But advocates of reallocating funds from police departments say those efforts fall short.
Kshama Sawant, a Seattle city council member who has pushed to defund the police in the wake of Floyd’s killing, voted against the city budget this week even though it reduced spending on police.
“It continues to hand more money over to the bloated police department than to eldercare, homeless services, affordable housing and arts and culture combined,” Sawant, who is a member of the national Socialist Alternative party, wrote in a statement after the vote. “A budget that does not meet basic social needs and that continues to throw money at a racist, violent institution is a failed budget.”
In reaction to the cuts to the NYPD in June, criminal justice leaders accused Mayor Bill de Blasio and City Council Speaker Corey Johnson of “using funny math and budget tricks to try to mislead New Yorkers into thinking that they plan to meet the movement’s demands for at least $1B in direct cuts.”
Groups like PERF, a Washington-based nonprofit that works to develop best practices for America’s police forces, are warning that potential cuts because of budget shortfalls could stymie efforts to reform law enforcement.
“If you’re talking about a five to 10 percent budget cut, you’re going to have to cut personnel or you’re going to have to not hire,” said Chuck Wexler, the group’s director. That makes it harder to change the culture within police departments, he said, if agencies are unable to hire new people or invest in training officers differently.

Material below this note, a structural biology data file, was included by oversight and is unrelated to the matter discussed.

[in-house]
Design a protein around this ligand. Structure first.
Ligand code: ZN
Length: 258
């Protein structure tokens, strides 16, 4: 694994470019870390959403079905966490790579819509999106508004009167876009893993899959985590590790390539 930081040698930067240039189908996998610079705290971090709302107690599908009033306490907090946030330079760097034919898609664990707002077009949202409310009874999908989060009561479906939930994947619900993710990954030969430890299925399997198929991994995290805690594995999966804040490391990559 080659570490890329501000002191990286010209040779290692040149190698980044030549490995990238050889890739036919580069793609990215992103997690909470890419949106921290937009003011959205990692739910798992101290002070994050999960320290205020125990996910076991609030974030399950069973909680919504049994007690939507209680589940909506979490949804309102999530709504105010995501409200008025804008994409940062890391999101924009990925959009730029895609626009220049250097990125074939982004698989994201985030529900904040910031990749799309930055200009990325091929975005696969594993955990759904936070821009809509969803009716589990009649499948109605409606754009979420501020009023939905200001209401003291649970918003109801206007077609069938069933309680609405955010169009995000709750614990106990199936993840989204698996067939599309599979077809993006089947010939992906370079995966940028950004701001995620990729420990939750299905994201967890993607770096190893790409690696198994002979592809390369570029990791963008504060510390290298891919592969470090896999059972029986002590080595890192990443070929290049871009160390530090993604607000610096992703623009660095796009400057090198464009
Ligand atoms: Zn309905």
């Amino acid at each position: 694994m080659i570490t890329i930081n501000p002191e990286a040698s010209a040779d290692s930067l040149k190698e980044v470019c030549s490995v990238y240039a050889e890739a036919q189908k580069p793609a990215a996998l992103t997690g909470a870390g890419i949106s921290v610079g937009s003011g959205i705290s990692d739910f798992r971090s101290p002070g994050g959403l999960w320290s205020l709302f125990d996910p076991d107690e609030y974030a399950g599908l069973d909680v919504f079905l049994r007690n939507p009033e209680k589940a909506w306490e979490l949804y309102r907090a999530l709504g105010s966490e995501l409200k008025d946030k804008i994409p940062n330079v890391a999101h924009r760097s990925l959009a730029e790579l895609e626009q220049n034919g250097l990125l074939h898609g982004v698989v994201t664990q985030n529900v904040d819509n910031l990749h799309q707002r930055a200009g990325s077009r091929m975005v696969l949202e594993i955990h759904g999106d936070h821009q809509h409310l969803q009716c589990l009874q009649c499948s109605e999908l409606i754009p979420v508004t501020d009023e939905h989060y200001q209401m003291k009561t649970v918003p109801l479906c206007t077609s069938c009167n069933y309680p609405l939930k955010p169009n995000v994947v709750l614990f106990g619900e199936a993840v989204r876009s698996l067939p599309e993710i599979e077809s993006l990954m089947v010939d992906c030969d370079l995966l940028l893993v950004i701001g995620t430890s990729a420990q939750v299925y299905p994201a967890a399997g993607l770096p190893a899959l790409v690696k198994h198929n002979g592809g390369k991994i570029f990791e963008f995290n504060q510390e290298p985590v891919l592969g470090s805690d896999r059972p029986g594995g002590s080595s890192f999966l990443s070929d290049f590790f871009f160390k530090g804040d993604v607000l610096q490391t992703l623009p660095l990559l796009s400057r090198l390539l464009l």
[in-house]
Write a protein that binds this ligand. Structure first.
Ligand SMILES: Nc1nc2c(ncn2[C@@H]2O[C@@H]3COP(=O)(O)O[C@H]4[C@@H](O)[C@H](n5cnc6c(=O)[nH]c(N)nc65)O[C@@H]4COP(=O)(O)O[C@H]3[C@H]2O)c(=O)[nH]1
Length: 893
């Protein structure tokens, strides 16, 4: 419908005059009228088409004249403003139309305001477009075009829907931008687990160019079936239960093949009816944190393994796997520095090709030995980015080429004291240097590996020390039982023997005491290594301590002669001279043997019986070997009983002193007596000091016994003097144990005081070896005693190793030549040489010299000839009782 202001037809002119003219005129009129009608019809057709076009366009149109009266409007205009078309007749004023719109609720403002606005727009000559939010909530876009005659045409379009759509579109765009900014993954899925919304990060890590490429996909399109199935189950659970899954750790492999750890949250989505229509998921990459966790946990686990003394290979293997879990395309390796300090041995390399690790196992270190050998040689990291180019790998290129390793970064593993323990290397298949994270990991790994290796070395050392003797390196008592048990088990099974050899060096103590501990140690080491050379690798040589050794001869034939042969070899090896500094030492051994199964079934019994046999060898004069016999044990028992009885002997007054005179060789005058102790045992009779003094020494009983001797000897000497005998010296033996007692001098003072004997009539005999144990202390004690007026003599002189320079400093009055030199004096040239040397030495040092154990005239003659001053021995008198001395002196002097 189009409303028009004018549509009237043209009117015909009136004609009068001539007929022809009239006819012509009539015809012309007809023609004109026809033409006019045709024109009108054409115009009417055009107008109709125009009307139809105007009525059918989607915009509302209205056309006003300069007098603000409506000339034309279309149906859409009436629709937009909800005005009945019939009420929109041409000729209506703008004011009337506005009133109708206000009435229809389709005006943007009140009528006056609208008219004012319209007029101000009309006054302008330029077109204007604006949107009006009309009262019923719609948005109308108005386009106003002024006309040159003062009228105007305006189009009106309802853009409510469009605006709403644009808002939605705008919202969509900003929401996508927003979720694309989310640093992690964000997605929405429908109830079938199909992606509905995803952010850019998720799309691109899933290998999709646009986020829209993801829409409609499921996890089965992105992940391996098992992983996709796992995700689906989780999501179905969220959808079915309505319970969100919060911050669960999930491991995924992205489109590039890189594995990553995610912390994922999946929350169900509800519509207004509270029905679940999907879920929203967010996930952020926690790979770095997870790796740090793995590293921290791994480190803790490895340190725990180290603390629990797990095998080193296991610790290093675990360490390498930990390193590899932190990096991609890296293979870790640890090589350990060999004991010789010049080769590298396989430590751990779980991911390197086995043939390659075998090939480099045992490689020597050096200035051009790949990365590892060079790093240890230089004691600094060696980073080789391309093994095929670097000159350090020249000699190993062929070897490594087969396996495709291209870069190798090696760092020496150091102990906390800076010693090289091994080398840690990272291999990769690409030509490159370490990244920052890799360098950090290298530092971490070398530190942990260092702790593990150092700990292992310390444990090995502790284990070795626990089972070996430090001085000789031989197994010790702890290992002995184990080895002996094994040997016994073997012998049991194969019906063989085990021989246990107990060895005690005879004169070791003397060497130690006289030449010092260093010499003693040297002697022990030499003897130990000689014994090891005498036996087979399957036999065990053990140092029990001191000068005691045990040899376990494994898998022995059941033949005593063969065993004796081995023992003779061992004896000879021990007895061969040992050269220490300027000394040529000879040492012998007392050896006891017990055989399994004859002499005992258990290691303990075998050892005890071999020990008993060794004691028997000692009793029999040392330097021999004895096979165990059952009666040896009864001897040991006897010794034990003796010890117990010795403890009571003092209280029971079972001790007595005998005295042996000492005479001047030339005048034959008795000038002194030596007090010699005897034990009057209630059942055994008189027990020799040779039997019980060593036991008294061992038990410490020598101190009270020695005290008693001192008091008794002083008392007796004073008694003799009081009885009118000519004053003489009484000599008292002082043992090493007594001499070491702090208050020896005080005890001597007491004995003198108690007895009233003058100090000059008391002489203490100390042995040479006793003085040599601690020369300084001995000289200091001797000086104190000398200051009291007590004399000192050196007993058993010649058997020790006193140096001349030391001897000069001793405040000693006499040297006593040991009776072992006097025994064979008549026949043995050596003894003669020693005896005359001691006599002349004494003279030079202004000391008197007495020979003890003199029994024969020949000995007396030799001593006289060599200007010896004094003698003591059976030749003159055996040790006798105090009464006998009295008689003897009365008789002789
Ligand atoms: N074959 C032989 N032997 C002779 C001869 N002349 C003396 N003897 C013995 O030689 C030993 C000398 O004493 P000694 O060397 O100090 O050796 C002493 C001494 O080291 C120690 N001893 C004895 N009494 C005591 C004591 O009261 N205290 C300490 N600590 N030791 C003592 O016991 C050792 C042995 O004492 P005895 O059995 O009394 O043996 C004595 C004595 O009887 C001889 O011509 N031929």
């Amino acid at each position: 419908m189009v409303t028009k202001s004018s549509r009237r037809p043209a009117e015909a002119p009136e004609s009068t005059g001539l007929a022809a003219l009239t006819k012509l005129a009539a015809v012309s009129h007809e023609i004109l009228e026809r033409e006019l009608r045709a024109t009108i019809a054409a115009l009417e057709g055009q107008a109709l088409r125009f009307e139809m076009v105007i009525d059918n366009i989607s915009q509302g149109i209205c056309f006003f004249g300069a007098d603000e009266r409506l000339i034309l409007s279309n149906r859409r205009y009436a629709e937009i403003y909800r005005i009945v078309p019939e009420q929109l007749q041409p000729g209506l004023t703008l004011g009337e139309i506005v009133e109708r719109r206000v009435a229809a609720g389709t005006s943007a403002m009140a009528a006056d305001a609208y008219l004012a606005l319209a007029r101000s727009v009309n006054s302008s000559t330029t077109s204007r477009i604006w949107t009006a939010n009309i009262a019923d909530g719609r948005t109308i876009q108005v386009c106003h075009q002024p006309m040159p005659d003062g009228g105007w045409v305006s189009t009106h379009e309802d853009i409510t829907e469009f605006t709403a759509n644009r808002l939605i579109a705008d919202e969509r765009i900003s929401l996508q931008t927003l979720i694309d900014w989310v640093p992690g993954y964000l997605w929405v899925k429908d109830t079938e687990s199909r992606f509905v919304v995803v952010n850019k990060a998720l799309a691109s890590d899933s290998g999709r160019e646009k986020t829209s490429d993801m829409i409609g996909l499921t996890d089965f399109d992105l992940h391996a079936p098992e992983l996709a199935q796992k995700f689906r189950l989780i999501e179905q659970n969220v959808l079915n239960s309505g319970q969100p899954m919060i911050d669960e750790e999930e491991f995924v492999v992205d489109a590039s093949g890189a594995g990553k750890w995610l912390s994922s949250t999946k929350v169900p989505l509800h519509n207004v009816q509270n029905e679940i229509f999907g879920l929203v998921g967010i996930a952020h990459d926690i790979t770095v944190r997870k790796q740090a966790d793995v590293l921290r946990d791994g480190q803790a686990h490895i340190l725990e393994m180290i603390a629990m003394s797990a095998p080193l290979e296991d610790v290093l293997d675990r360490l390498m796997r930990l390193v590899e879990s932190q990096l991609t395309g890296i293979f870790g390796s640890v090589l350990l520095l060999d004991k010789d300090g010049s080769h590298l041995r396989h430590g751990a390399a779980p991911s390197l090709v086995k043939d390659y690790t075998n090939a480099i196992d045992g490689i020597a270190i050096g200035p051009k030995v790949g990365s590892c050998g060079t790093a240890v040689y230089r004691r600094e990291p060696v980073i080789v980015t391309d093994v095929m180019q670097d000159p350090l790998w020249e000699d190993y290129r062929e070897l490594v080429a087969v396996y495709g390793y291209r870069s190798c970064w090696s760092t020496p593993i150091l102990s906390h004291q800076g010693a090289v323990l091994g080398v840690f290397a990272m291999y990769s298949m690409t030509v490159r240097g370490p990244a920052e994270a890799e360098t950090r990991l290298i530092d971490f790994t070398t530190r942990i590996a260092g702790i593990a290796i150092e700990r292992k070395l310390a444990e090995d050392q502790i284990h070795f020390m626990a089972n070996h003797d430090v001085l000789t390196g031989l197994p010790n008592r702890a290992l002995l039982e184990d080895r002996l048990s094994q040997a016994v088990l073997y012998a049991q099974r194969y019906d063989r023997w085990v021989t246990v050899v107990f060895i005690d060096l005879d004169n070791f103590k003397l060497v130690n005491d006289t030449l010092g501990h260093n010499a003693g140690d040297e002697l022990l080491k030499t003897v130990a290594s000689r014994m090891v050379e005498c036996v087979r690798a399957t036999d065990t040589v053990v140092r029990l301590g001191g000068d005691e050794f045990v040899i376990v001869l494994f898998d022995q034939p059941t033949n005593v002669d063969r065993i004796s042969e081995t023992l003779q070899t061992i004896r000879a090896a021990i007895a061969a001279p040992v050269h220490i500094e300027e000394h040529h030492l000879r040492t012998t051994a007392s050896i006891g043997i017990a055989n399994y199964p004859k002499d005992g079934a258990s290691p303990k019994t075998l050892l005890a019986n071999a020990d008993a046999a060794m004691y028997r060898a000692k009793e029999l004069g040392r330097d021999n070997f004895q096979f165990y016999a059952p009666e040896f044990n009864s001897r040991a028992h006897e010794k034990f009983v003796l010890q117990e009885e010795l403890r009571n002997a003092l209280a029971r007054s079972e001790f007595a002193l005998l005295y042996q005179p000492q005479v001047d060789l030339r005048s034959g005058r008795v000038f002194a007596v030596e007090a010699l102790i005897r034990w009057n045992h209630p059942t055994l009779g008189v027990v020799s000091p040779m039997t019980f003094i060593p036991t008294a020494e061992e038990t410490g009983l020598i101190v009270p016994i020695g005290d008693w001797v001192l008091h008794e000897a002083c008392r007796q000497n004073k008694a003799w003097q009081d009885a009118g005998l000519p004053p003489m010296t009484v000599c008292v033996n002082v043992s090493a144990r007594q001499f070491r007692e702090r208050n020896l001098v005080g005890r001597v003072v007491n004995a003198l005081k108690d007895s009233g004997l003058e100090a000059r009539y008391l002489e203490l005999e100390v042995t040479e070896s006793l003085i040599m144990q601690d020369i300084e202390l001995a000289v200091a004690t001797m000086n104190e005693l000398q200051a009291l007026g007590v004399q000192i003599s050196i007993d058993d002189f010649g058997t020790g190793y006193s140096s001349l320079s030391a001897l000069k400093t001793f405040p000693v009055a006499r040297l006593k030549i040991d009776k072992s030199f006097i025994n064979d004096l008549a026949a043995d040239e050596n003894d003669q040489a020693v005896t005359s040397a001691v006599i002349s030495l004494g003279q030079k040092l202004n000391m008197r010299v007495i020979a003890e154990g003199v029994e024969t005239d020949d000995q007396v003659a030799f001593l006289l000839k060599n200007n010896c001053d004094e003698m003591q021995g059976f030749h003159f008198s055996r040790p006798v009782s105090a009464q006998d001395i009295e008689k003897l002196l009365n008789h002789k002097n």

When police departments face budget cuts, the first items to go are often community relations programs and recruitment efforts for younger and more diverse officers — measures that proponents of police reform have been pushing within their own cities.
“The last people in are the first ones out if you have budget cuts,” said Chris Burbank, Vice President of Law Enforcement Strategy at the Center for Policing Equity, a Los Angeles-based think tank that studies bias in policing.
“These are your youngest, most diverse, usually the higher educated ones that really want to work,” Burbank said, “and we’re going to get rid of those people as opposed to the ones who have been in too long, who’ve repeatedly made inappropriate use of force decisions and some of these other things.”